• Yo Mama’s Big Fat Booty Band: “‘You’ve got to be born to do this,’ says Mary Frances, keyboardist for Yo Mama’s Big Fat Booty band. She’s talking about a number of things — being on stage, being on the road and being the lone woman in a six-piece funk outfit. ‘You’ve got to love the journey, she says. Frances joined the Asheville-based band in 2009. At that point, the group was seven years in, and had already seen changes both in its lineup and its sound. The group moved to Asheville from Boone in 2006 — one of its early iterations included singer/guitarist Josh Phillips who left to form his own band, Josh Phillips Folk Festival. The Booty Band played numerous Bele Cheres, spurring the crowd with high-energy jams — the band pogoing around the stage…” Read more here.
• Matrimony: “Matrimony is, indeed, a love story — though not the obvious one. The band itself (fronted by husband-and-wife singer/songwriter duo Jimmy Brown and Ashlee Hardee Brown) is a melding of two musical careers and two continents (he’s Irish, she’s American). More on that in a minute. ‘The whole reason we call ourselves Matrimony is because it’s a marriage of music and words,’ says Jimmy. The singer/guitarist was born in Belfast, Northern Ireland, but was spending some time traveling in the the U.S. when someone suggested he drive to Hickory to see the band of another Belfast native…” Read more here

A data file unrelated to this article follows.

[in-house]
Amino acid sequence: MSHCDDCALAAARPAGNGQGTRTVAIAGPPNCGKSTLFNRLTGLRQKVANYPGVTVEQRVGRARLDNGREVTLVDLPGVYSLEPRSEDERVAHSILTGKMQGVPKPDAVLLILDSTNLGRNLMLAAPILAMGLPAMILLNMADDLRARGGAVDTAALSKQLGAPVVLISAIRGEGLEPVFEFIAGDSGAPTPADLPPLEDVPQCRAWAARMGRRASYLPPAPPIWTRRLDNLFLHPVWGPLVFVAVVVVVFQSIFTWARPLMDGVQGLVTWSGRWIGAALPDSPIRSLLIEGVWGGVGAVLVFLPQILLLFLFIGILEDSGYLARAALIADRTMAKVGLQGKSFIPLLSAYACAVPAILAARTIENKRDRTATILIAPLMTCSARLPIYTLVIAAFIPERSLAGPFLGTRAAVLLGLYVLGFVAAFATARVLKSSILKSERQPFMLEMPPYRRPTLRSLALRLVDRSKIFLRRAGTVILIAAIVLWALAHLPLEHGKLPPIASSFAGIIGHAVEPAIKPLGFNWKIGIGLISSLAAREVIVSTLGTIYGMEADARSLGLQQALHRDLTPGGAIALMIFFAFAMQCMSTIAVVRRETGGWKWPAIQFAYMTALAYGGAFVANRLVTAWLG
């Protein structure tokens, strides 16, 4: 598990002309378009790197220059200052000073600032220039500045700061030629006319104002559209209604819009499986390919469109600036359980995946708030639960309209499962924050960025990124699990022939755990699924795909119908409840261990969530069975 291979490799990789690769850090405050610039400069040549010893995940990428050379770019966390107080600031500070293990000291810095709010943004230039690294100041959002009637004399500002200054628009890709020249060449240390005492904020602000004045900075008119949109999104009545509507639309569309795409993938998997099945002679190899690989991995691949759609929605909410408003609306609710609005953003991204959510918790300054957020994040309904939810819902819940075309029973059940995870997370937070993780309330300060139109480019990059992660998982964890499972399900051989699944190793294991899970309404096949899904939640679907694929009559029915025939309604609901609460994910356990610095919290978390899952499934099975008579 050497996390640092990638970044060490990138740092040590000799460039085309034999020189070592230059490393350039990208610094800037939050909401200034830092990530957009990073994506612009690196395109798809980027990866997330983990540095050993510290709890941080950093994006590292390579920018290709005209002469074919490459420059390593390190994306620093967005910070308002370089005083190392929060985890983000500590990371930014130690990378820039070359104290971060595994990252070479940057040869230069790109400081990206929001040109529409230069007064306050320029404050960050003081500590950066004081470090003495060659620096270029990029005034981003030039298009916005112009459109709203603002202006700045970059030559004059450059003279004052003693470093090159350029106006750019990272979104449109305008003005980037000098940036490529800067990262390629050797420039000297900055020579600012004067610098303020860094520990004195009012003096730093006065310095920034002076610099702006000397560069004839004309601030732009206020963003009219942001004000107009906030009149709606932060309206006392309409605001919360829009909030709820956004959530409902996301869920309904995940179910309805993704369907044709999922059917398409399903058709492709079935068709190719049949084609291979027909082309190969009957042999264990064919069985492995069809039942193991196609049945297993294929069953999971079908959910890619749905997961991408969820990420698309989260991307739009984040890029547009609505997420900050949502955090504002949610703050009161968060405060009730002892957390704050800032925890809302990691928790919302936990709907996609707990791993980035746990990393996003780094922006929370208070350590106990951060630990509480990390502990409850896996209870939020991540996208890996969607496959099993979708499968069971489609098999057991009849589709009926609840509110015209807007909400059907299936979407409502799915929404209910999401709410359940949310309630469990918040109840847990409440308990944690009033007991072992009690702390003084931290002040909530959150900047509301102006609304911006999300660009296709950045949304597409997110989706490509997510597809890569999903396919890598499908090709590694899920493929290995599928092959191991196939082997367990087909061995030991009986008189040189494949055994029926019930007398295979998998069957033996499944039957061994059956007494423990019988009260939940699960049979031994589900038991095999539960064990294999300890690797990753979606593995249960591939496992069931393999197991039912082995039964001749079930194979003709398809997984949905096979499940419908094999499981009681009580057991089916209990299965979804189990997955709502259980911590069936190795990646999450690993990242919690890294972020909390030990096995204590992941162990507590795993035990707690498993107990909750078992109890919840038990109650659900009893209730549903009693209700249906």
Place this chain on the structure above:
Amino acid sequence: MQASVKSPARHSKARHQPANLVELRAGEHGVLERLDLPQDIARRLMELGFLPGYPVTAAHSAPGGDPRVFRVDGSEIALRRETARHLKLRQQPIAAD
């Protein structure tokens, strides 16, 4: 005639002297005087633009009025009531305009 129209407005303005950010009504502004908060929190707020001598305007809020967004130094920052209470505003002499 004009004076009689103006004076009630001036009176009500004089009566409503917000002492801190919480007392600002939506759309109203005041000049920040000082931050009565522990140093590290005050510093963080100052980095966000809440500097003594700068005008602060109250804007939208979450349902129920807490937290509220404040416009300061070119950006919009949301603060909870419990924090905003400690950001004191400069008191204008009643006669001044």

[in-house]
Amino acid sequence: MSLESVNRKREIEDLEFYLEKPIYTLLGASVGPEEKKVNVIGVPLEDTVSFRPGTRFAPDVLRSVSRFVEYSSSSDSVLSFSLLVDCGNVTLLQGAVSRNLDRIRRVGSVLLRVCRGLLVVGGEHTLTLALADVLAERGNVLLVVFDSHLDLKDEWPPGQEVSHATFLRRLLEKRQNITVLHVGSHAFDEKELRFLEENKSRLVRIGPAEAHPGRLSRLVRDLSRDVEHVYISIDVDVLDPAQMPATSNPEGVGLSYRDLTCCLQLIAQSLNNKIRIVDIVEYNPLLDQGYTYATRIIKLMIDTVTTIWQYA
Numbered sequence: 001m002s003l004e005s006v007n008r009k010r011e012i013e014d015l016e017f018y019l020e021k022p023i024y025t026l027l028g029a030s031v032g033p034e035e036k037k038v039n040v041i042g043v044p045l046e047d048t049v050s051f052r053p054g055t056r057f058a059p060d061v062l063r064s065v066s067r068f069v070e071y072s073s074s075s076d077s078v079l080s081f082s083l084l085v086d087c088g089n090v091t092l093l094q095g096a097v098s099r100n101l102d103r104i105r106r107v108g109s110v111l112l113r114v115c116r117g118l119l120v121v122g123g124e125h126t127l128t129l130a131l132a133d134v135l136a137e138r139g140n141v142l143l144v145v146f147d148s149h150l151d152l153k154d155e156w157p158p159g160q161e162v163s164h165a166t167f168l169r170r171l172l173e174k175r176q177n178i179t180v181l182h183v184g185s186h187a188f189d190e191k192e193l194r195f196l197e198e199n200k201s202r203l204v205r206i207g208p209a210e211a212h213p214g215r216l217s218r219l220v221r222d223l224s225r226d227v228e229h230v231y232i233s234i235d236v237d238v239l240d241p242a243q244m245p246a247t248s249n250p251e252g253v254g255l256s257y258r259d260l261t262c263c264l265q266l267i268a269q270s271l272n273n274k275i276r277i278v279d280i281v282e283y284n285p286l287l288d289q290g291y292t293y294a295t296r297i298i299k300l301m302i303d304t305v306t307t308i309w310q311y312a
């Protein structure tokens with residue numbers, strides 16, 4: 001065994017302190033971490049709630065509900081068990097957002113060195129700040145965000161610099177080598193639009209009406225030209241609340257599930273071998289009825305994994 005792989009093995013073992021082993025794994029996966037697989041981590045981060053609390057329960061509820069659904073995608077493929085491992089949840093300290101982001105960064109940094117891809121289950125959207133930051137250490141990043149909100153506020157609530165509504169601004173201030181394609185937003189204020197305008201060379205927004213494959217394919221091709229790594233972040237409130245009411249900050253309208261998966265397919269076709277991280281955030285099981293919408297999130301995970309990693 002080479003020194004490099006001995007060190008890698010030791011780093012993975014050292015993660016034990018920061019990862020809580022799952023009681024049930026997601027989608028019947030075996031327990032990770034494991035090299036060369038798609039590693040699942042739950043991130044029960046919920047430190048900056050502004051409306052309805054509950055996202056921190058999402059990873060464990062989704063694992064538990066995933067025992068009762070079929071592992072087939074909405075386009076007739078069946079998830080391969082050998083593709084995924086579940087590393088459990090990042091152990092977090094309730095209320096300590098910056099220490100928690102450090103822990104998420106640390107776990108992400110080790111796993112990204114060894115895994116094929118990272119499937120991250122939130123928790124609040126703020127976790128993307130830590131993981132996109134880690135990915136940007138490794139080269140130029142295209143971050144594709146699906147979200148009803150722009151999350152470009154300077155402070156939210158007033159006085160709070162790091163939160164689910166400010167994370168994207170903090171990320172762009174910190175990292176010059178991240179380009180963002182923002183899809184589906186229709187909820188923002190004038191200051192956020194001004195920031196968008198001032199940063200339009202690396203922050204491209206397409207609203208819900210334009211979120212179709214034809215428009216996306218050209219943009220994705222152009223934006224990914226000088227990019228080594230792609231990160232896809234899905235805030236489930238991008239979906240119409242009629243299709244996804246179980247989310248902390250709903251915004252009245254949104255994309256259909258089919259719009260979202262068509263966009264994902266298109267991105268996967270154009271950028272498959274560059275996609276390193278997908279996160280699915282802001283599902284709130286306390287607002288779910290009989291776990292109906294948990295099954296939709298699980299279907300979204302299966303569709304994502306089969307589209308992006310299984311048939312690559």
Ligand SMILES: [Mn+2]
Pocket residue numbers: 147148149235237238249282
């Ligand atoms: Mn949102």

• Antique Firearms: “The gateway into Antique Firearms’ moody, shadowy world of thrumming percussion and shimmery guitars is Bradan Dotson’s raspy vocal. It’s divisive. You’ll love it or hate it; it’s unlikely you’ll be on the fence. One the opening track to the band’s new album, Vicious Behavior, Antique Firearms (with Galen Dotson, Parker Dotson, Chandler Brewer and Dave Breske) make the most of that beautifully tattered voice with layers of guitars that edge toward stadium rock at the song’s most intense moments. But then, before the pummel and crush becomes too much, it’s back into the aching slow dance of songs like ‘Blessing In Disguise,’ all shades of night and dreamscapes.” Read more here